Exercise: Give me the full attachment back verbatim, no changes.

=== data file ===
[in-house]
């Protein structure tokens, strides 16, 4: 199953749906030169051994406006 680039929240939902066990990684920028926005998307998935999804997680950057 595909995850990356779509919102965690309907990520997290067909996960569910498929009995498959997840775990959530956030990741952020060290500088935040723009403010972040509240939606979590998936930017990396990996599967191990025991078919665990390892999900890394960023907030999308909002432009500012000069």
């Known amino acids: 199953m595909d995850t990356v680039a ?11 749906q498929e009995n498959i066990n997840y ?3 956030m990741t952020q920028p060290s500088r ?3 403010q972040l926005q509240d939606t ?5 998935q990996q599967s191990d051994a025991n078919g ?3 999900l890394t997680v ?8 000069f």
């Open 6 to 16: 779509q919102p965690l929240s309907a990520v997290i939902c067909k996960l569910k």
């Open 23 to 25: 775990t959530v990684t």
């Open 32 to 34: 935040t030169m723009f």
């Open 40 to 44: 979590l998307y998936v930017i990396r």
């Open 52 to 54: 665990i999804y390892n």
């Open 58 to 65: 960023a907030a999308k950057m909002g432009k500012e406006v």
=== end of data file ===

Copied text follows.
[in-house]
């Protein structure tokens, strides 16, 4: 199953749906030169051994406006 680039929240939902066990990684920028926005998307998935999804997680950057 595909995850990356779509919102965690309907990520997290067909996960569910498929009995498959997840775990959530956030990741952020060290500088935040723009403010972040509240939606979590998936930017990396990996599967191990025991078919665990390892999900890394960023907030999308909002432009500012000069």
């Known amino acids: 199953m595909d995850t990356v680039a ?11 749906q498929e009995n498959i066990n997840y ?3 956030m990741t952020q920028p060290s500088r ?3 403010q972040l926005q509240d939606t ?5 998935q990996q599967s191990d051994a025991n078919g ?3 999900l890394t997680v ?8 000069f």
């Open 6 to 16: 779509q919102p965690l929240s309907a990520v997290i939902c067909k996960l569910k």
């Open 23 to 25: 775990t959530v990684t």
């Open 32 to 34: 935040t030169m723009f």
């Open 40 to 44: 979590l998307y998936v930017i990396r």
């Open 52 to 54: 665990i999804y390892n």
């Open 58 to 65: 960023a907030a999308k950057m909002g432009k500012e406006v």